How Different Types of Non-Ferrous Metals Respond To Different Moulding Temperatures

September 30, 2016

Simply put, non-ferrous castings don't contain iron, so aluminium is part of this iron-free family tree, as is magnesium, copper, and a whole host of metals with special properties. In opening with this statement, we're setting the theme early in this discourse by talking about differences, for material variations abound in metallurgical science. The way different types of non-ferrous metals respond to different moulding temperatures, for instance, opens up a whole Pandora's Box of processing logistics, but that's okay, we know how to handle such obstacles.

Wading into Melting Temperature Variations

The heat used to liquefy aluminium is predictably low on the temperature spectrum. At approximately 660°C, we expect to see this popular lightweight metal lose structural rigidity and flow. Likewise, magnesium melts at 650°C. A castings shop could produce some formidable products by locking the furnace temperature at 600°C to 700°C, but what about copper? The reddish brown metal doesn't melt and flow until applied furnace energy hits 1083°C, which presents a problem. Logistically, the processing equipment solves such fiery issues by specializing in a systematic approach that handles these temperature variations. Aluminium and magnesium, even lead, are delegated with a lower temperature environment, with the 1000°C furnace stations finding themselves reserved for copper and its various alloys. Curiously, both copper and zinc, the key components used in the production of brass, are defined by low melting temperatures, but brass turns this relatively cool figure on its head by refusing to liquefy until its confines radiate 940°C of metal-dissolving heat.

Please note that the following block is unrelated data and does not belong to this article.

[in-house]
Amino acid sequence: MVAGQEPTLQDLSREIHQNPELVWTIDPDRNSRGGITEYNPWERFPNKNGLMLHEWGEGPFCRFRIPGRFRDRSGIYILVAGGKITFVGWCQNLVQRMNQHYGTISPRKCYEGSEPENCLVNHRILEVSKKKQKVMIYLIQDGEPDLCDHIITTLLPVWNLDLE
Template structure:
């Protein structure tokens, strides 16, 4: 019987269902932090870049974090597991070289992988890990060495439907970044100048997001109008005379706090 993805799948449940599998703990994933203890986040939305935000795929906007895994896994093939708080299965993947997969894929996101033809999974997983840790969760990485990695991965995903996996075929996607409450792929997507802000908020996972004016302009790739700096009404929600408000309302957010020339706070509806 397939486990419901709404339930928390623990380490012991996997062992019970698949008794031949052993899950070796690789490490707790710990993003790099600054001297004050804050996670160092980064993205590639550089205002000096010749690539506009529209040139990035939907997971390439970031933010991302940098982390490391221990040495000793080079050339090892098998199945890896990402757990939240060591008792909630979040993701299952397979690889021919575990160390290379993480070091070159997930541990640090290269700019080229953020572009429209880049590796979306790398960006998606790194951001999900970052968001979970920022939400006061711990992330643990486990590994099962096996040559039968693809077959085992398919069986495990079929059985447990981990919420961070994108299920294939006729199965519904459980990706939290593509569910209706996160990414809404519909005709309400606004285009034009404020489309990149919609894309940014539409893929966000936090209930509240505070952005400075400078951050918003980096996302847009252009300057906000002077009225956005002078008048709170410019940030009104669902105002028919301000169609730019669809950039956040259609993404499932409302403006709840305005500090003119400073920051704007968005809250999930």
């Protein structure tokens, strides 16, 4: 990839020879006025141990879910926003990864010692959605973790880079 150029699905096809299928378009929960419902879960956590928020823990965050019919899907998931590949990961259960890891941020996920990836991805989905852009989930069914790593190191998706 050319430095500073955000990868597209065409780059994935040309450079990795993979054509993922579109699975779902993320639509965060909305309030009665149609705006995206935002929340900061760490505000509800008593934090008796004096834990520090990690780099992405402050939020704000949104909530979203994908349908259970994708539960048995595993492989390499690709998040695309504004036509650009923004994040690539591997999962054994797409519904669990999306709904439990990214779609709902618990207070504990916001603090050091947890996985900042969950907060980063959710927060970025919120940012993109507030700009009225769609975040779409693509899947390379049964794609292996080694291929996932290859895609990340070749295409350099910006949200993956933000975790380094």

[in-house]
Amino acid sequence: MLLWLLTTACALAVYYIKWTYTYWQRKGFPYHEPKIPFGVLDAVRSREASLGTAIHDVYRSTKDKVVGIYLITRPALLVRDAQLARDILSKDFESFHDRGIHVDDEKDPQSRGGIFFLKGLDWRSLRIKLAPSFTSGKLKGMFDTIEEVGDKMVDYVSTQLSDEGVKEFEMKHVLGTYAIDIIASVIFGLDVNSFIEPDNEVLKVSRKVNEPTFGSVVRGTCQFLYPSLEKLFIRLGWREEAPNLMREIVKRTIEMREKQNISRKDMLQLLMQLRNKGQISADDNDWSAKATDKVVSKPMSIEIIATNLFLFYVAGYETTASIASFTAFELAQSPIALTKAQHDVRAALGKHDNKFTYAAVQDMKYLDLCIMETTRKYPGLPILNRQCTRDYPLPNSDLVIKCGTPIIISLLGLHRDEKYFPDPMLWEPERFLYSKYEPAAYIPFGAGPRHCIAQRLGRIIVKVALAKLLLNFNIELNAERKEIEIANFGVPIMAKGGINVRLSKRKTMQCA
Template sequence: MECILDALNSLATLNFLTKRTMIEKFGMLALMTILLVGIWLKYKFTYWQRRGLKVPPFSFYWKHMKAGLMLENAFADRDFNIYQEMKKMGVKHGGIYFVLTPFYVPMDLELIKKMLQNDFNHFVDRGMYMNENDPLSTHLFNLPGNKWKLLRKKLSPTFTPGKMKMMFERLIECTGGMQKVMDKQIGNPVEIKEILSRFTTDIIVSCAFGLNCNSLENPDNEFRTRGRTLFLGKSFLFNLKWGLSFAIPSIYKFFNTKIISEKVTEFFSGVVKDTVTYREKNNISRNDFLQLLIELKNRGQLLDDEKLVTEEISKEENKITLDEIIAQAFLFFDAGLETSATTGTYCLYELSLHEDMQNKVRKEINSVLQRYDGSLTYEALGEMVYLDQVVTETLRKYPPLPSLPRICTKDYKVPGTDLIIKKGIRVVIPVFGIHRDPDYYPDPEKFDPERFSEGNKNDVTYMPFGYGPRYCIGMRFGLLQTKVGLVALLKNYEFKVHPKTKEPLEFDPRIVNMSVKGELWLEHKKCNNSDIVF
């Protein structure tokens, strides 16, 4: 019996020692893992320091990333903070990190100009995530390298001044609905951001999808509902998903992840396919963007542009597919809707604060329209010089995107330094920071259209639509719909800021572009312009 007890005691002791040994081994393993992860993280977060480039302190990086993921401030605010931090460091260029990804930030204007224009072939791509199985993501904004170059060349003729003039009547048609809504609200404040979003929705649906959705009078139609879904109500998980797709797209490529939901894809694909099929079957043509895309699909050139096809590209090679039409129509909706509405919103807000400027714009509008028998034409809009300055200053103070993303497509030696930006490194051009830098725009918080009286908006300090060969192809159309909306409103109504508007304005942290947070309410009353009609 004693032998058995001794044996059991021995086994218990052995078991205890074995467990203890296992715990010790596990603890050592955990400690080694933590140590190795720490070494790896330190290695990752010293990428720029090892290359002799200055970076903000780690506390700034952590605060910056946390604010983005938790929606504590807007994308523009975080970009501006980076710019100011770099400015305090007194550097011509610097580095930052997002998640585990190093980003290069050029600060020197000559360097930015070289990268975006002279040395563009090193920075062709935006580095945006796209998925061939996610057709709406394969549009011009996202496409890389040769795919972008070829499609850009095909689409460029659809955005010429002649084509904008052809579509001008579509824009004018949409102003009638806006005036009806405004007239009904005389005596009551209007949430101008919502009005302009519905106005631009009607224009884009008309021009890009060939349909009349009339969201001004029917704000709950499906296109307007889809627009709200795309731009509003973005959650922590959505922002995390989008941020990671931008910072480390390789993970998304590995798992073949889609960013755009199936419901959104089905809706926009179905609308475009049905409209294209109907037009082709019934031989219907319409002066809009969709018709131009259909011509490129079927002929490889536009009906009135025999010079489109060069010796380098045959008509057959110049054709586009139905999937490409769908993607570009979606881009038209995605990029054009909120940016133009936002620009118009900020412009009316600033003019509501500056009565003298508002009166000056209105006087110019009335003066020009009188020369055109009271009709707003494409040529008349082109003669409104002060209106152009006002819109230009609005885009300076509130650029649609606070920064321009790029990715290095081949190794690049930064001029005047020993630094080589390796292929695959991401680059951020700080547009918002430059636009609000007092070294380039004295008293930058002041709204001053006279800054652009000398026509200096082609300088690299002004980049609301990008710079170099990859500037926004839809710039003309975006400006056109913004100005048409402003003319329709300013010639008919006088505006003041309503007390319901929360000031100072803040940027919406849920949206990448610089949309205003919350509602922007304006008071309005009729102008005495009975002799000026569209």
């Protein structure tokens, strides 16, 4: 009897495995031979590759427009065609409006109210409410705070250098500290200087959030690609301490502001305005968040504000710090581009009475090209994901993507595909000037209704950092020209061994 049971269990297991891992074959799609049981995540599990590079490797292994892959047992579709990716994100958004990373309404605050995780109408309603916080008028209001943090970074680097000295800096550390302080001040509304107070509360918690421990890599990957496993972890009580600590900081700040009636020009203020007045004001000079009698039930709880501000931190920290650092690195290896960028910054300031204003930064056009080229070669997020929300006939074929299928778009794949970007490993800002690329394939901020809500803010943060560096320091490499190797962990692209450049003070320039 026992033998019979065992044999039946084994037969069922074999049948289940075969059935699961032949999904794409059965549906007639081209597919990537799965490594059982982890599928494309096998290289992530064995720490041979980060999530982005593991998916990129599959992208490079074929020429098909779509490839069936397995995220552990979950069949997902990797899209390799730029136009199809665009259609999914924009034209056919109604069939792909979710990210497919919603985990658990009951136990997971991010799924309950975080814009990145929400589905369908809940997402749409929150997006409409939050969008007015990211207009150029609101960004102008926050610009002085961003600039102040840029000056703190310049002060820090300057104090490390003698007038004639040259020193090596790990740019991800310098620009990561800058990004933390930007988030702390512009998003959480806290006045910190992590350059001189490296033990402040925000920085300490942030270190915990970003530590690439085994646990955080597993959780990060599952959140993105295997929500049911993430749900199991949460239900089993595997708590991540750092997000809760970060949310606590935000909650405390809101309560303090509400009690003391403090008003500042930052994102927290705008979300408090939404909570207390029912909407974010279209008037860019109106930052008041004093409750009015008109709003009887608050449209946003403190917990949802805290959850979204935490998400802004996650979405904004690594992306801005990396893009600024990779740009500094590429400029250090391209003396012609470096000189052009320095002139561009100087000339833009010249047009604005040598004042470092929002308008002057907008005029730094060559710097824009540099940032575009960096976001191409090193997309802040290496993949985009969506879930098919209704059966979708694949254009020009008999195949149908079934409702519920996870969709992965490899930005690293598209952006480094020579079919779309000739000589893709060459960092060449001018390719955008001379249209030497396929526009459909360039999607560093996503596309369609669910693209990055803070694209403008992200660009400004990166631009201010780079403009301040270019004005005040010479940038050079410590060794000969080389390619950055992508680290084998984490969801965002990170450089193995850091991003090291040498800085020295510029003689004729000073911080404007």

Proceeding on to Moulding Temperatures

The above paragraph identifies the key liquefying differences found in non-ferrous materials, so keep these temperature variations in mind when creating high-quality castings. The different moulding temperatures ensure formative flaws are eliminated as the melted medium flows past the gating assembly and into the cavity. The mould will obviously cause the fill to sharply decrease in temperature, but this action does not take place until every untouched contour and vacant space within the moulding cavity is properly filled. One caveat of concern at this juncture is the wall thickness of the product. Thin-walled castings adhere to the temperature listings provided above, but the introduction of a thick-walled processing line likely means upping the moulding temperature to offset premature cooling.

The energy required to work with popular aluminium and magnesium alloys is relatively low, but that quantity rises dramatically when copper and its many alloyed forms enter the moulding equation. Raise the temper accordingly or reserve high-temperature castings stations for brass working.

Optimized by